Like many people coming out of prison, Perry Cline never thought he’d get a college degree.

Cline, a 51-year-old black man and Chicago native, just graduated from college. He has a bachelor’s degree in social work. He also co-founded a non-profit to help those battling addiction, and he recently landed a job as a case manager at a substance abuse treatment facility in Champaign, Illinois.

Latest News

Indiana Superintendent Faces Insurance Fraud For Sick Student’s Care

A superintendent of an Indiana school district faces fraud charges for using her insurance to obtain $233 in medical care for a sick student.

Elwood Community Schools Superintendent Casey Smitherman was charged with three felonies and a misdemeanor in an insurance fraud case after she allegedly used her son’s insurance to get treatment for a sick student.

Key Coverage

North Carolina’s Teacher Diversity Gap

In North Carolina, where minority students make up 52 percent of the traditional public school body, 80 percent of teachers are white. For students of color, especially black and Hispanic boys, that means they may seldom – or never – have a teacher who looks like them during their kindergarten through 12th grade years.

Member Stories

Jan. 11 – Jan. 17
Here's what we're reading by EWA members this week

Talk of teacher strikes was a big education news story this week. In Los Angeles, administrators are trying desperately to keep schools open as more than 30,000 educators remain on the picket lines, reports Linda Jacobson for Education Dive.

Elsewhere in California, time is running out for the Oakland teachers union and school district officials to reach a deal to avoid a strike, writes Theresa Harrington for EdSource.

Key Coverage

An Epidemic of Untapped Potential

Over the past year, the Globe has tracked down 93 of the 113 valedictorians who appeared in the paper’s first three “Faces of Excellence” features from 2005 to 2007. We wanted to know, more than a decade later, how the stories of Boston’s best and brightest were turning out.

Key Coverage

When You Give a Teacher a Gun

The question is no longer “should we arm teachers?” Now, it’s “how many armed teachers are already out there?” GQ flew down to Ohio to embed with the men and women behind FASTER Saves Lives, a group that has trained thousands of teachers from all across the country how to shoot to kill.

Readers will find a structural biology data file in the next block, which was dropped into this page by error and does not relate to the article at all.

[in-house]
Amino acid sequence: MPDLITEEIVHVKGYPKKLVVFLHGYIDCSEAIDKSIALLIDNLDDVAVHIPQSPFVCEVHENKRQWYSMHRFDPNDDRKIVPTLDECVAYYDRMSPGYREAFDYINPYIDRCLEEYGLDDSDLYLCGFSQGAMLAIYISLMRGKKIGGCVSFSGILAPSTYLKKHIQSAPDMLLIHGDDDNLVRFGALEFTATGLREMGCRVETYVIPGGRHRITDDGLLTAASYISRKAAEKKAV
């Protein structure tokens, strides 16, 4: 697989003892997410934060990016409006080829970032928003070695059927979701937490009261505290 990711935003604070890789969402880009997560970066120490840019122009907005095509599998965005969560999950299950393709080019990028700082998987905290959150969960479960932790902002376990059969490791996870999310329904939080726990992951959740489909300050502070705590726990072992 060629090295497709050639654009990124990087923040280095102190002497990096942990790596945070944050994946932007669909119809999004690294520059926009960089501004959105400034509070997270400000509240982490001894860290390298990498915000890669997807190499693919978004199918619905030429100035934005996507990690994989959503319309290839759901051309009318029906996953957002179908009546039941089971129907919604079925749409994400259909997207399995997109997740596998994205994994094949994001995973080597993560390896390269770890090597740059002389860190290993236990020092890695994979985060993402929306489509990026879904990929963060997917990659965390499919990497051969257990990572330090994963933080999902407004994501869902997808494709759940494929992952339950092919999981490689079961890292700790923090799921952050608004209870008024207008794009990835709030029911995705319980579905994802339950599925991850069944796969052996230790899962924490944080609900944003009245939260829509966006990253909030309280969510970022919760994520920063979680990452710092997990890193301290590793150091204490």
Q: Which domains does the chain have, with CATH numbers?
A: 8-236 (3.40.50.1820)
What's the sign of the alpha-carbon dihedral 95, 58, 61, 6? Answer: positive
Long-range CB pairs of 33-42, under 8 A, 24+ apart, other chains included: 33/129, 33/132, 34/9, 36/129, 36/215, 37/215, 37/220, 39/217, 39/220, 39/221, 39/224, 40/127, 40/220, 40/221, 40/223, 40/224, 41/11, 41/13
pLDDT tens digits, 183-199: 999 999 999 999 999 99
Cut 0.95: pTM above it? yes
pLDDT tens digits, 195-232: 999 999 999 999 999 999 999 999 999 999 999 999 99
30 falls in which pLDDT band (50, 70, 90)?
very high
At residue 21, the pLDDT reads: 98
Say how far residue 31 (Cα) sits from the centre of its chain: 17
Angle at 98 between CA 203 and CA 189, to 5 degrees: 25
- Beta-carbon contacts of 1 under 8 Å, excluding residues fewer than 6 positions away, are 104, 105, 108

Member Stories

Jan. 4 – Jan. 10
Here's what we're reading by EWA members this week

In The Chronicle of Higher Education, Michael Vasquez asks: Has Duke University really turned a corner on the issue of sexual assault?

With the government shutdown in its third week, the chairman of the Senate education committee proposes a way out, reports Education Week’s Andrew Ujifusa.

For The New York Times, Eliza Shapiro examines the growing popularity of Afrocentric schools.

Key Coverage

Why Illinois Won’t ‘Ban The Box’ On College Applications

Next year, the Common Application used by hundreds of colleges and universities will stop asking potential students about their criminal histories. Despite legislative efforts in Illinois, most campuses in the state continue to ask the question. Nationwide, roughly two-thirds of colleges and universities that completed a 2009 survey reported asking prospective students about their criminal histories.

Key Coverage

Far From Home: Different Stories, With Common Threads

On a bulletin board at Skidmore College in Saratoga Springs, New York, a flier advertised a storytelling event for first-generation students to share their experience in their own words.

The event was part of a larger project headed by Senior Associate Dean of Students Luis Inoa. Inoa spent the summer working with a first-gen Skidmore student to research the best practices in first-gen student support at liberal arts colleges around the country. He discovered that storytelling, in particular, is very powerful.